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Campaigners announce week of action against manufacturers and users of drone technology
19.09.2012


In October, campaigners across the UK will undertake a week of demonstrations, talks, petitioning and other events "to protest against the growing acquisition and use of armed drones" by militaries across the world.

The use of drones has increased rapidly in the last few years, with a recent report from the US Congress stating that between 2005 and 2011, the number of countries in possession of drones rose from 41 to at least 76, [1] although only the UK, US and Israel have so far used armed drones.

The Drone Campaign Network (DCN), which has organised October's week of action, notes that:

"The list of countries facing these kind of remote attacks is only like to grow as the US and UK are working on doubling the number of armed drones in their arsenals. Protests against drone strikes are growing in Pakistan and Yemen and we need to add our voices to this call to ground the drones." [1]

From the 6th to the 13 of October, campaigners will undertake demonstrations outside the factories and headquarters of arms firms Elbit, Thales and General Atomics and at RAF bases in Croughton, Oxfordshire and Waddington, Lincolnshire; a petition will be handed to the Welsh government calling for them to withdraw support for the testing of drones at Parc Aberporth; and a number of peace walks will take place.

The closing event will be a public meeting and rally in Porthmadog, Wales. The DCN is inviting people to set up their own events as part of the week of action.

Challenging secrecy

Aside from ethical concerns, the secrecy surrounding their use is also a major issue for campaigners. Since June 2008, the UK has carried out over 300 drone strikes in Afghanistan, but "there is almost no public information" available on the issue. Campaigners are calling for the issues surrounding drone strikes to be "debated openly and honestly," with "careful analysis and judgment based on evidence." [2]

Pushing for the release of information that would permit an informed public debate, the Drone Campaign Network last week launched a petition calling on the UK government to:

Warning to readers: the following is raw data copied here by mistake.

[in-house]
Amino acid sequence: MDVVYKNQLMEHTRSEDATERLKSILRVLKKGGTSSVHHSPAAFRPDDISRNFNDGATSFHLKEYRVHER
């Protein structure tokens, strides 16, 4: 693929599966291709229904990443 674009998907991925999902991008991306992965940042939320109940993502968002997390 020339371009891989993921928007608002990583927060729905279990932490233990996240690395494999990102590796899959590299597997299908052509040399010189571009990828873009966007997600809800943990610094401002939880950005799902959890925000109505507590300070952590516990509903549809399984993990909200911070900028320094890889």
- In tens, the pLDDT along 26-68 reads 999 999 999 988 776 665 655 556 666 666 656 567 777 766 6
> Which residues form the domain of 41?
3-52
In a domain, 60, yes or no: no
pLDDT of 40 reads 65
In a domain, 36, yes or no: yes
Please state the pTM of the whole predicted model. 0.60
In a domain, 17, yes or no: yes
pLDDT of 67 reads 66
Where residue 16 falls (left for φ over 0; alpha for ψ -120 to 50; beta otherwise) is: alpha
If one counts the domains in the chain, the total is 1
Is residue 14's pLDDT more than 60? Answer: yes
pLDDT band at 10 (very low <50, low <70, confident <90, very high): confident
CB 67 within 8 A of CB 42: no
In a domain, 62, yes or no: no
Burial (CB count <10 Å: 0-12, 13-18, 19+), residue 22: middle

"End the secrecy surrounding the use of British drones in Afghanistan and to release all necessary information for a proper public debate. This should include the reasons for individual drone strikes and the number of people killed." [3]

Earlier this year, a legal challenge was launched in an attempt to uncover the possible involvement of the UK's intelligence services in supplying targeting information to the US for its program of drone attacks in Pakistan.

In March, the law firm Leigh Day & Co, along with the charity Reprieve, launched legal action challenging the lawfulness of the UK's alleged provision of "locational intelligence" to the US.

The legal proceedings also assert that:

"There is also a significant risk that GCHQ officers may be guilty of conduct ancillary to crimes against humanity and/or war crimes, both of which are statutory offences under the International Criminal Court Act, 2001." [4]

The risk of "a global war without borders"

Concerns over drone use are widespread and are not just the preserve of campaigners and activists. Last October, the UN's human rights experts on extrajudicial, summary or arbitrary executions, Christof Heyns, stated that:

"The use of such methods by some states to eliminate opponents in countries around the world raises the question why other States should not engage in the same practices. The danger is one of a global war without borders, in which no one is safe." [5]

As the use of drones in warzones increases, there is also significant work going on to ease their introduction into civil airspace for domestic use, where they are perceived as being useful for all manner of tasks, not least surveillance. The US intends to permit unrestricted drone flight in its airspace by 2015, [6] while the European Commission recently published a document stating that work should begin to ensure the use of drones in Europe on the same basis as manned aircraft by 2016. [7]



Sources
[1]
Government Accountability Office, 'Agencies could improve information sharing and end-use monitoring on unmanned aerial vehicle exports', July 2012, p.9
[2]
Drone Campaign Network, 'Drones Week of Action: 6th - 13th October 2012', 5 July 2012
[3] Drone Campaign Network, 'End the secrecy'
[4] Drone Campaign Network, 'David Cameron: End the secrecy surrounding the use of British drones'
[5] Mark Townsend, 'GCHQ civilian staff face war crimes charge over drone strikes in Pakistan', The Observer, 11 March 2012
[6] 'UN human rights expert questions targeted killings and use of lethal force', UN News Centre, 20 October 2011
[7] Government Accountability Office, 'Measuring progress and addressing potential privacy concerns would facilitate integration into the national airspace system', September 2012
[8] 'Commission wants drones flying in European skies by 2016', Statewatch News Online, 14 September 2012


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